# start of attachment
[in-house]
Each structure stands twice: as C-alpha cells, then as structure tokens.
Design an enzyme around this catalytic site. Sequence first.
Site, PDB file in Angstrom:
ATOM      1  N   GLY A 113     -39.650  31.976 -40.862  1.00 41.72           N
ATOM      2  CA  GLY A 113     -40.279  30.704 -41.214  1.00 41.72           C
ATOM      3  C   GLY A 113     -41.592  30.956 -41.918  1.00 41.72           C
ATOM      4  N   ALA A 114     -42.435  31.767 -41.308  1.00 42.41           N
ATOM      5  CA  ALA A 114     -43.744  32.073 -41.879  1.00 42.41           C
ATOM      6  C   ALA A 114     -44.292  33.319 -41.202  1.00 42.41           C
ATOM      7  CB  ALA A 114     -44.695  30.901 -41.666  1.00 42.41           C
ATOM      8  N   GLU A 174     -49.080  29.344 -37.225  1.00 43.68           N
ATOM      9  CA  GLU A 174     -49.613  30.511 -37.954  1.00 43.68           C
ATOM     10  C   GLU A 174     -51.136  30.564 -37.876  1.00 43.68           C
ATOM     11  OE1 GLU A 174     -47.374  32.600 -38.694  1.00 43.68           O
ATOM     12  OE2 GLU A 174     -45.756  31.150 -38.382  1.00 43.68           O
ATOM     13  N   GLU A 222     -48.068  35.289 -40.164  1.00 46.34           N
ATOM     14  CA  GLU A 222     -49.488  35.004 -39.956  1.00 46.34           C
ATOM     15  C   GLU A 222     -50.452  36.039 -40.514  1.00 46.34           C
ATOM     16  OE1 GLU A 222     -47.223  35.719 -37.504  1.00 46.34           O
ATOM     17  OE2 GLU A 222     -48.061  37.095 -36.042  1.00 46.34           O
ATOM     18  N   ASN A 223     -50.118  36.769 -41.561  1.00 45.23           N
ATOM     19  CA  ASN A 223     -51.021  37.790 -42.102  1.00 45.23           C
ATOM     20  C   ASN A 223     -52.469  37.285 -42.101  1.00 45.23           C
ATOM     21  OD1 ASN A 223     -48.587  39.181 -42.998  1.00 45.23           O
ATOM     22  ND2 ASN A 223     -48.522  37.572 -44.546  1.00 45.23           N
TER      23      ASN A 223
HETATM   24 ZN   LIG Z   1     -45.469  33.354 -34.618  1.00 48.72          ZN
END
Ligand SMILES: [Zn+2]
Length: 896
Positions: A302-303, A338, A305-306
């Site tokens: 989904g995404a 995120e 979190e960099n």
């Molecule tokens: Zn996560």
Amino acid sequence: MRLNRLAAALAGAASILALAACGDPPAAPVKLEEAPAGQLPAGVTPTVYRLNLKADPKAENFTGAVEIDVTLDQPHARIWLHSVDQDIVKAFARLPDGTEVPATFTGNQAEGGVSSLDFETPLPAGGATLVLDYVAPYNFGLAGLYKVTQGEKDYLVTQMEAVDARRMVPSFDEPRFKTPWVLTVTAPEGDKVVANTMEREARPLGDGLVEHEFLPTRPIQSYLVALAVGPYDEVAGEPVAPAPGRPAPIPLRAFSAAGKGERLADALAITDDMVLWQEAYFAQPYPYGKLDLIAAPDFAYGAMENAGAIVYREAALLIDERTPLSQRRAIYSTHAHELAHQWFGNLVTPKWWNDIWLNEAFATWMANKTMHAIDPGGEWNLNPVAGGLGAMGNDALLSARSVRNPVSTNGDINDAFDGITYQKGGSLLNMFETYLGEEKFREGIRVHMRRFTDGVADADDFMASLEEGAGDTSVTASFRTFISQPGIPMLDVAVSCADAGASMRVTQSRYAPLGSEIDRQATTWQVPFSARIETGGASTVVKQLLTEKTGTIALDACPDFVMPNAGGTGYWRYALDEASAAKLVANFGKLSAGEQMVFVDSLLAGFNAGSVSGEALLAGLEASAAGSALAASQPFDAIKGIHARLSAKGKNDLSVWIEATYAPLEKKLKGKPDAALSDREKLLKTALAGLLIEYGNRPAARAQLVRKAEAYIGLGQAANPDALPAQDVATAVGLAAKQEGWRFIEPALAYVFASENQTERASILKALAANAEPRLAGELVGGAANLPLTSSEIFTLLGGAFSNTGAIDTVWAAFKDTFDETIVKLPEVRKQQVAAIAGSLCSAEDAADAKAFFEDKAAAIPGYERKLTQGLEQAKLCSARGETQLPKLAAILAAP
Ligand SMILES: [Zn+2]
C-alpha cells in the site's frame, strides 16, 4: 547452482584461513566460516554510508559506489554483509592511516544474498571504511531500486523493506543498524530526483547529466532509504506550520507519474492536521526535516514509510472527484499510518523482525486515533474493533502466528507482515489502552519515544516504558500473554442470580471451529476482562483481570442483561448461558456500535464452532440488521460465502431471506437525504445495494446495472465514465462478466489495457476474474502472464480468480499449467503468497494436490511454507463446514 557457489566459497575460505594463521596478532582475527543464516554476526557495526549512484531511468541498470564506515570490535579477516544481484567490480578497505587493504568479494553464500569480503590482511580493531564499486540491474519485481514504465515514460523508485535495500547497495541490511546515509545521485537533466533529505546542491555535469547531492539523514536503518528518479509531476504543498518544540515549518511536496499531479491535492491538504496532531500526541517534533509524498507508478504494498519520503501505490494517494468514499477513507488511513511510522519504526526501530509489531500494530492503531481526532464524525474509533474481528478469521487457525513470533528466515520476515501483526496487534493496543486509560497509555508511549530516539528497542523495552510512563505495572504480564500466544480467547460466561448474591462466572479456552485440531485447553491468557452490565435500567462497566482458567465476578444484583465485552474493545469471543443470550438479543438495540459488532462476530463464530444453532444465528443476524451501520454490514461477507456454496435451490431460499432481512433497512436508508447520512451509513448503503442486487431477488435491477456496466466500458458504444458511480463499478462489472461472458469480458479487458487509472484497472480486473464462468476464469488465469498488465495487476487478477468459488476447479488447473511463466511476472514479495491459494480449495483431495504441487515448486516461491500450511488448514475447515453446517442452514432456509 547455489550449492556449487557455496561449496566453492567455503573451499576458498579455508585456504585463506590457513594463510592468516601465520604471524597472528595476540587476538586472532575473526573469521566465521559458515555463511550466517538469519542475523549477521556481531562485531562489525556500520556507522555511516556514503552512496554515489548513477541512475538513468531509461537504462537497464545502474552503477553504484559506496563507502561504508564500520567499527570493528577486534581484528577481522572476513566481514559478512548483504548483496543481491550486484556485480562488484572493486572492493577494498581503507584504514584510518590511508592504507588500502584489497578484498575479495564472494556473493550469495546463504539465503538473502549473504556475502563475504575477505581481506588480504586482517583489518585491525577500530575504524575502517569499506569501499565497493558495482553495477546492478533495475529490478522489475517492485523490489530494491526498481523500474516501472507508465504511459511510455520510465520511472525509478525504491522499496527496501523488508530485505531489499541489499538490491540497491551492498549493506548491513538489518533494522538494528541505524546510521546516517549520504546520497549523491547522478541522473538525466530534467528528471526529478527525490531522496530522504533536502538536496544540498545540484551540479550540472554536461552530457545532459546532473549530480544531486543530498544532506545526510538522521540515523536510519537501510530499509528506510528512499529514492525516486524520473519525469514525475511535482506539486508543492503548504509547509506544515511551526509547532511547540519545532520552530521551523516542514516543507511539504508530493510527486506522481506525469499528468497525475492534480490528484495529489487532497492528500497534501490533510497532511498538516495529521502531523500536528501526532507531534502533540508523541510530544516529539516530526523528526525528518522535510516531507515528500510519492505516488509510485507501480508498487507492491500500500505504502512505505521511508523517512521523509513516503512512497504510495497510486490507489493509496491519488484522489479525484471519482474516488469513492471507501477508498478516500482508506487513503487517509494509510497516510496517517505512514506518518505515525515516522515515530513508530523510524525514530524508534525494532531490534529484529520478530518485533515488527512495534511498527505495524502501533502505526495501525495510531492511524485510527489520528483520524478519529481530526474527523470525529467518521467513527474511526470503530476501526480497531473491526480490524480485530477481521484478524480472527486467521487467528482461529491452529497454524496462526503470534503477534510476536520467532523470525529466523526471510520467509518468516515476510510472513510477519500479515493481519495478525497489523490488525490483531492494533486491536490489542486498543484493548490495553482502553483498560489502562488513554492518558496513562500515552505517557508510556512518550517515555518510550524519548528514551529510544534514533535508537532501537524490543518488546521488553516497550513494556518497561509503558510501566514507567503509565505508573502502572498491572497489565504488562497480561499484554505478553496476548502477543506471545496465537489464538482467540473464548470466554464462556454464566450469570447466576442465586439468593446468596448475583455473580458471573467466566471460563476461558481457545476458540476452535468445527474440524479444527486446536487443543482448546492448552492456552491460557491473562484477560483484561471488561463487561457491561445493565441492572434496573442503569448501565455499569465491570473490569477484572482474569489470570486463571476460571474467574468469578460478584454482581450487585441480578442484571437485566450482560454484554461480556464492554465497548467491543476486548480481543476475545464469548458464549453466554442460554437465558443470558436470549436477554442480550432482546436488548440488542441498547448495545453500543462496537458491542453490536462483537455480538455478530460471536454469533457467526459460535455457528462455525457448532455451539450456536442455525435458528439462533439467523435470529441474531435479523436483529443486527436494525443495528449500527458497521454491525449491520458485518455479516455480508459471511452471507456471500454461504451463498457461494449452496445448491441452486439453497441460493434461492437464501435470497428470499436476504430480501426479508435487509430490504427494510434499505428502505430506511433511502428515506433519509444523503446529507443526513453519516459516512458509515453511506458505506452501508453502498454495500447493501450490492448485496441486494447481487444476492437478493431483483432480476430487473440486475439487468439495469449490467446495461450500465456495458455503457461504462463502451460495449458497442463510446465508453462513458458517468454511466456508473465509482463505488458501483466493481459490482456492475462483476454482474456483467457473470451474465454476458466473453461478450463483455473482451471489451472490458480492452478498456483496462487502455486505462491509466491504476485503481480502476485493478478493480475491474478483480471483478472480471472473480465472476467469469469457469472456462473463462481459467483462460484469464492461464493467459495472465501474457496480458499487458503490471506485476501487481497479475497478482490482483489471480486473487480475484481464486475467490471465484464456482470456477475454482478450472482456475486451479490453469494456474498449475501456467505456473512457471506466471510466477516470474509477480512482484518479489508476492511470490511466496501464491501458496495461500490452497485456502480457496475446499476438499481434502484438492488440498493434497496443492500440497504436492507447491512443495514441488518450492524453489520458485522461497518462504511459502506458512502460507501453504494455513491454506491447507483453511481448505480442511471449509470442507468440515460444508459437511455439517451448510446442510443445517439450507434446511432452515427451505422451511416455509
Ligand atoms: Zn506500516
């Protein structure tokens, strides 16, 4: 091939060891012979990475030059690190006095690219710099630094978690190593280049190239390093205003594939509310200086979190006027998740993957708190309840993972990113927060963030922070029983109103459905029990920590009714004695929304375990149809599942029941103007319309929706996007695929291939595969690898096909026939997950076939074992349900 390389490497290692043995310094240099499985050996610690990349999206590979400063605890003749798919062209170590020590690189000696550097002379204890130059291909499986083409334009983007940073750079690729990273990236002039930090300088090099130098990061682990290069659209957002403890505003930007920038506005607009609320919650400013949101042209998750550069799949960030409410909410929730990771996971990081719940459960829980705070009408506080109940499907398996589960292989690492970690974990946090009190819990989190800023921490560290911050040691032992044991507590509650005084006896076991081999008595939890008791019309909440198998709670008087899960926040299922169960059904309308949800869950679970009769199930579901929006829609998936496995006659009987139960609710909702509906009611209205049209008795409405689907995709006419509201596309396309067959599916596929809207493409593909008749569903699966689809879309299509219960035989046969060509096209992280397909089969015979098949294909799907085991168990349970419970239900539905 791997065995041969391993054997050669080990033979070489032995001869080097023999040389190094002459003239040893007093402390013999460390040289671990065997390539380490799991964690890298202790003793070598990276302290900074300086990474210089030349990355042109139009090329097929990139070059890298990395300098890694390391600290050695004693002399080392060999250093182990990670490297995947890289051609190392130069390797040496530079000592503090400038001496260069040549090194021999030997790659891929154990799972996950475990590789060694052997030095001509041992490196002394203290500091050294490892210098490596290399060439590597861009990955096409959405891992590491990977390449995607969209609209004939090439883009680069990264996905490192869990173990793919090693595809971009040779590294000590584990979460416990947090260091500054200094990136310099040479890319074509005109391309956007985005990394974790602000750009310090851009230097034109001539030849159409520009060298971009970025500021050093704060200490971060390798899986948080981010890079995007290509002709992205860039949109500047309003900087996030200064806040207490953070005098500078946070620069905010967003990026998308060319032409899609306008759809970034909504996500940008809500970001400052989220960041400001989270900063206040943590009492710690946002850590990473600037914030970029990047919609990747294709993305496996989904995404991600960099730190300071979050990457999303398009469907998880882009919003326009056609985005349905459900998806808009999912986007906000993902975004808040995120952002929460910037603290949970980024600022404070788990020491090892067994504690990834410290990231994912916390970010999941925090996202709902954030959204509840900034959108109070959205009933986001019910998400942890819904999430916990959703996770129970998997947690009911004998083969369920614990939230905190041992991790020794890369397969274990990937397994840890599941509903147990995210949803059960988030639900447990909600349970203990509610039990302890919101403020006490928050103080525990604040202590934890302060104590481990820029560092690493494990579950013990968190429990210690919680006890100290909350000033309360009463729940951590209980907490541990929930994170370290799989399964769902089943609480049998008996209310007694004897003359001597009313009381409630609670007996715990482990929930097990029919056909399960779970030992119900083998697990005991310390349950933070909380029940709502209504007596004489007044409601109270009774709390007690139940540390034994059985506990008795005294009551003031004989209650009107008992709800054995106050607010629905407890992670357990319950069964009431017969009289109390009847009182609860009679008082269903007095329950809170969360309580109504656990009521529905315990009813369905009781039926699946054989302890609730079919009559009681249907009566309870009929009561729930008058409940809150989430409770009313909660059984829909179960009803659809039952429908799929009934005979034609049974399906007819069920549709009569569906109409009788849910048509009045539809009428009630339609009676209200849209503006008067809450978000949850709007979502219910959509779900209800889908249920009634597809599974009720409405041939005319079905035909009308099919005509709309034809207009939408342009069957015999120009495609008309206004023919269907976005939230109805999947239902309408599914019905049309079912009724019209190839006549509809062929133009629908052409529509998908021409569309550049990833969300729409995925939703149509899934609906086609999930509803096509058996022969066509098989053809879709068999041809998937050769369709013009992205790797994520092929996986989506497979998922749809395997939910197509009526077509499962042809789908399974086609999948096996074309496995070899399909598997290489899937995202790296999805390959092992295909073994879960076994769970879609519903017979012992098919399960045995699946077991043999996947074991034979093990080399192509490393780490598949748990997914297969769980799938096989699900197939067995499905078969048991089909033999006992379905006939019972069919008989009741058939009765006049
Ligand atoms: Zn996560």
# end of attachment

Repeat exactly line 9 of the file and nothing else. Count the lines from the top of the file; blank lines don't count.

ATOM      5  CA  ALA A 114     -43.744  32.073 -41.879  1.00 42.41           C